Macroeconomics - Monetary Policy and Price Level Stability
Stable Prices vs. Sustainable Growth in real GDP
Price level stability refers to the concept that price levels are stable enough so that people do not feel compelled to take inflation into account when making economic decisions. Many economists believe that measured inflation in the range of 0 up to 2 or 3 percent a year is actually zero inflation. There may be quality improvements in goods that are not reflected in the official measurement of inflation; this reflects a price level measurement bias.
Price level stability is only a means to a higher goal. That goal is a rising standard of living, which depends upon sustainable growth in real GDP. Whether or not that growth is sustainable depends upon other factors such as technological advances, availability of natural resources, the willingness of people to work, the willingness of people to invest, and political stability. Monetary policy helps to create a stable environment which favors investment and saving.
Achieving Price Level Stability
The Federal Reserve can quickly affect short-term interest rates, such as three-month T-bills and rates on savings deposits. However, the impact of monetary policy on longer-term interest rates is more moderate and more difficult to predict. Longer-term interest rates are more influenced by the supply and demand for investment funds, as opposed to monetary factors. Secondly, the impact of inflation must be taken into account. For example, suppose an expansionary monetary policy is perceived to be inflationary. The impact of that policy on longer-term interest rates, such as real estate mortgages, will be to raise them.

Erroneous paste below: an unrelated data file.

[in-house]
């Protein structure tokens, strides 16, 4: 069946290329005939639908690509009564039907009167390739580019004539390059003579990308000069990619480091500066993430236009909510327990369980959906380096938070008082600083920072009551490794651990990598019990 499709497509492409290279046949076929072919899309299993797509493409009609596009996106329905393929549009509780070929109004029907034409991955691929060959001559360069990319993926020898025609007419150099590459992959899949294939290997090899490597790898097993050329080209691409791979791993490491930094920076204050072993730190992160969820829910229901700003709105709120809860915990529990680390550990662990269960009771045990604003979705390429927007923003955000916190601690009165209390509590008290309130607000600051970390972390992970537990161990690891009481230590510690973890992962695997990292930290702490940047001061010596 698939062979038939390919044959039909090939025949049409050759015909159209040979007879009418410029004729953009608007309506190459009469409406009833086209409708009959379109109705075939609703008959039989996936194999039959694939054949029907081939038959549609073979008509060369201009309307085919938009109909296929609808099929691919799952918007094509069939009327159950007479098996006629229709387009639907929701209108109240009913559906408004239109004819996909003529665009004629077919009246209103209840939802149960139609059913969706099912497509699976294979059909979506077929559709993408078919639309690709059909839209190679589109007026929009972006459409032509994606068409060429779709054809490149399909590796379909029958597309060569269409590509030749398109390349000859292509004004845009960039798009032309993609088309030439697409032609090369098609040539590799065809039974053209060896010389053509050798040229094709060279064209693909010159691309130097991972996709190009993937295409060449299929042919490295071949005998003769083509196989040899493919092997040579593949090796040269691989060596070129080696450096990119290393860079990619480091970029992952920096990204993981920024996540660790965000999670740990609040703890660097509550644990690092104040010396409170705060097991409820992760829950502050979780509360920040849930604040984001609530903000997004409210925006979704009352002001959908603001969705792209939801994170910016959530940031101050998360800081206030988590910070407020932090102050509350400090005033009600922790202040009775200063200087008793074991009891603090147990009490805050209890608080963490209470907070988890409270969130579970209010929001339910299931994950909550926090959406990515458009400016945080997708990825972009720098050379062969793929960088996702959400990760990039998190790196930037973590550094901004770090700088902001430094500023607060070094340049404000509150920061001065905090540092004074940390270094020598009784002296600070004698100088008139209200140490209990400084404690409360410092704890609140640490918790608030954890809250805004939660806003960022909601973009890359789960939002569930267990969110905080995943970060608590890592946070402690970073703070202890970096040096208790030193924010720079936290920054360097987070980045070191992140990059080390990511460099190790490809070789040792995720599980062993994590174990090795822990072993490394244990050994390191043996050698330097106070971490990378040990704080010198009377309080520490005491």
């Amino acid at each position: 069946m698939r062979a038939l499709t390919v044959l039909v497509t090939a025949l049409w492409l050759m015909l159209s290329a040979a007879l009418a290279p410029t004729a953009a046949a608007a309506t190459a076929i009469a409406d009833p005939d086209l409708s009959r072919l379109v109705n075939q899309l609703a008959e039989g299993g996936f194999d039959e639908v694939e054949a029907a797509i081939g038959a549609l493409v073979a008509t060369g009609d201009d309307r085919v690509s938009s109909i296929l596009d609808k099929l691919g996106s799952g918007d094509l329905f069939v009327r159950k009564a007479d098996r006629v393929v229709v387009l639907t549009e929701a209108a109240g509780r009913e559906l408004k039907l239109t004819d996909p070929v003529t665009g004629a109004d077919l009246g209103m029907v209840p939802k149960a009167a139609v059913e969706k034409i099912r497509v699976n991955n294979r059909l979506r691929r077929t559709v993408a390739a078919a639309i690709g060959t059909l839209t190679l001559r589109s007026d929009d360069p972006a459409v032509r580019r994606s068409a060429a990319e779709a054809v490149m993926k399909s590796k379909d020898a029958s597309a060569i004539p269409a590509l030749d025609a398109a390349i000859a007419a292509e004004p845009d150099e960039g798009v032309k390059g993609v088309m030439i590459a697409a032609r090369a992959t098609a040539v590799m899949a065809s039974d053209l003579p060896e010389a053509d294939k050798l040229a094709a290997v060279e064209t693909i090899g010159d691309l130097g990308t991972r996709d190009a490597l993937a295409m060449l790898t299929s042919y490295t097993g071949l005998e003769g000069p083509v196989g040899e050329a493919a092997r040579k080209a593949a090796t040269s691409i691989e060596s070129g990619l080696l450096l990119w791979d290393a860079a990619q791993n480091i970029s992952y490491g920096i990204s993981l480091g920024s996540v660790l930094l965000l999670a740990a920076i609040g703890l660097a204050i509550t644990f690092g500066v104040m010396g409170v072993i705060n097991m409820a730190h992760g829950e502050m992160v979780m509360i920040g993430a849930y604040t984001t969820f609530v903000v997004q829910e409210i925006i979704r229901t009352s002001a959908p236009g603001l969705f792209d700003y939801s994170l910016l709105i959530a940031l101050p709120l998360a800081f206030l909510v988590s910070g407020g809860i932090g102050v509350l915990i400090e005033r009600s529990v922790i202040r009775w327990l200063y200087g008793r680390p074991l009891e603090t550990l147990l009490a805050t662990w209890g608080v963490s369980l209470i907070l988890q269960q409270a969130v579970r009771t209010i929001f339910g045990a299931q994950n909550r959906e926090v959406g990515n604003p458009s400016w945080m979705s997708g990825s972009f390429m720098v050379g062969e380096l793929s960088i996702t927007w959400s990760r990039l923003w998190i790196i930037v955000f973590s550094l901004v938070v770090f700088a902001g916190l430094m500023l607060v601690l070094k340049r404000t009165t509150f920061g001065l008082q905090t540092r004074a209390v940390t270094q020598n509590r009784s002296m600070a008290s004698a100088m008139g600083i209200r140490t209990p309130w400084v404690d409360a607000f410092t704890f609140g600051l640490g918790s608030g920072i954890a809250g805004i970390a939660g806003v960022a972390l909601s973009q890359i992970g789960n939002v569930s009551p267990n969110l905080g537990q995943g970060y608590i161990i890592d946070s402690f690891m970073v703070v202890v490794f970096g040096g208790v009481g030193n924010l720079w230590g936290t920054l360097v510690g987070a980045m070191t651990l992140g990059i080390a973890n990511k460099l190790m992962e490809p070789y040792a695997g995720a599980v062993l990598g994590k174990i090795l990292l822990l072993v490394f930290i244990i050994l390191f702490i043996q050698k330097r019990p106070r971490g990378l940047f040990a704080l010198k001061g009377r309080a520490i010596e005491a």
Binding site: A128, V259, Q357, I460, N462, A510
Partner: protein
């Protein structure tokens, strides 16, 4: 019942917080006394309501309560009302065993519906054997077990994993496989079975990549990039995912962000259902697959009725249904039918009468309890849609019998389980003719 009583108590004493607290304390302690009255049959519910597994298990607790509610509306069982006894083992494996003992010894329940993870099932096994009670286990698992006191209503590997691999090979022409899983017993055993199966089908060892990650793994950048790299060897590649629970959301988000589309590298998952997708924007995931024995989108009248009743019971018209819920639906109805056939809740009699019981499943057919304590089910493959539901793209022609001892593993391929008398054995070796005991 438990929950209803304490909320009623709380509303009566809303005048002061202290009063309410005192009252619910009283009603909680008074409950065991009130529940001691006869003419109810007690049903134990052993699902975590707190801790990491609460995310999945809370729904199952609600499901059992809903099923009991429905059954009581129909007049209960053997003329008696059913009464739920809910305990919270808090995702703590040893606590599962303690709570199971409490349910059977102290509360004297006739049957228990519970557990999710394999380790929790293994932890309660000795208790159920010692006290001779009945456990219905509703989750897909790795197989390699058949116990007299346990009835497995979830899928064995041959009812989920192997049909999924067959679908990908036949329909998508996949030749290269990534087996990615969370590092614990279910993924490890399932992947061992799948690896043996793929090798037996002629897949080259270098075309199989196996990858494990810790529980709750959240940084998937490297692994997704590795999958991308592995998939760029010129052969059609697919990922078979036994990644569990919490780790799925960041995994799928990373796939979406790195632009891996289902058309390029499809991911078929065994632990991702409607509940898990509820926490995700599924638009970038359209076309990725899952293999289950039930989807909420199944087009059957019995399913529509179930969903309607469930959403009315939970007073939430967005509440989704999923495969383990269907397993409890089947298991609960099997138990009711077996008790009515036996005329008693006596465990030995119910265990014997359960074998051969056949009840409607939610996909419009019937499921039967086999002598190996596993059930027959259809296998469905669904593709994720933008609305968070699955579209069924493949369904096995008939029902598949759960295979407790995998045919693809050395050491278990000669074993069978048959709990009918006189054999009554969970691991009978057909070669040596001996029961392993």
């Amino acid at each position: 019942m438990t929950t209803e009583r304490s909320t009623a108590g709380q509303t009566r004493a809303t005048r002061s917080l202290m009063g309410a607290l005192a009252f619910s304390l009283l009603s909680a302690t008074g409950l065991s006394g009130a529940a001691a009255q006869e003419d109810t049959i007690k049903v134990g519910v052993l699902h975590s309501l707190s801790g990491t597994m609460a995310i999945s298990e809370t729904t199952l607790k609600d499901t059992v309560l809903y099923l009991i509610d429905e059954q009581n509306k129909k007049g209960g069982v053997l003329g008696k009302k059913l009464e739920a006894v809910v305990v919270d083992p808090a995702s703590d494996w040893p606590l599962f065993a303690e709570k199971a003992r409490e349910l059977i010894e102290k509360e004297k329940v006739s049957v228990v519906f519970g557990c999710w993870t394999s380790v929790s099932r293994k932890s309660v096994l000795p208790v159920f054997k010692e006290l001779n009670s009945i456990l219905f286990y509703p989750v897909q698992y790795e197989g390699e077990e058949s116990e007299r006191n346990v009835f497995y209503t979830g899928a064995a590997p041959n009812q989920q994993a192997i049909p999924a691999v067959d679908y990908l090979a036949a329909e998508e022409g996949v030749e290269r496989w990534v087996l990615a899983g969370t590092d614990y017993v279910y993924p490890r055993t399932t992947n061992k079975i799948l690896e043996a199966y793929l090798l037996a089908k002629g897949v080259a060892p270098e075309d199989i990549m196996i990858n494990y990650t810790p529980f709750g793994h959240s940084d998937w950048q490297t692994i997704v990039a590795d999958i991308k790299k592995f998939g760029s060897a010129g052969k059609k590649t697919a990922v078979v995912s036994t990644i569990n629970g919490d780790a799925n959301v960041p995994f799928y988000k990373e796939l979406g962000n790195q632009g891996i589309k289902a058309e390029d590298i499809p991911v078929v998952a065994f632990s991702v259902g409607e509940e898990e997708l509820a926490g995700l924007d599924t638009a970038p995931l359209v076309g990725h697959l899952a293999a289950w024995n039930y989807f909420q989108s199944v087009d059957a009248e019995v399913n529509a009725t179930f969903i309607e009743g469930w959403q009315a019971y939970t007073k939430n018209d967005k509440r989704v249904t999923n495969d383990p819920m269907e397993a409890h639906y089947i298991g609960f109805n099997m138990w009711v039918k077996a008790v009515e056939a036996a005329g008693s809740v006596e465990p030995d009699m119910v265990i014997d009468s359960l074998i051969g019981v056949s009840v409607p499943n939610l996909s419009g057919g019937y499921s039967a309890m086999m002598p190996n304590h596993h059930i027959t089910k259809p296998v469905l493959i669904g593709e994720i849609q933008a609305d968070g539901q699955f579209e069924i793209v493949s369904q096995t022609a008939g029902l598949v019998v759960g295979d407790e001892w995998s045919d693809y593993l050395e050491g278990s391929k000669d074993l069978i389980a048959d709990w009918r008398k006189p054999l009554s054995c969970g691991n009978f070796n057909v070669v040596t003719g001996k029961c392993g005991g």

Expansionary Monetary Policy
An expansionary monetary policy, if inflationary effects are not anticipated, should lower interest rates, particularly short-term ones. It will also have the effect of reducing velocity, as the opportunity cost of holding money is reduced. Eventually the lower interest rates will induce more personal and business spending to occur so that aggregate demand will increase. This process could take several quarters. Eventually the increased demand will cause nominal and real interest rates to go higher, which will increase the velocity of money. At that point the impact of the expansionary monetary policy will be further amplified.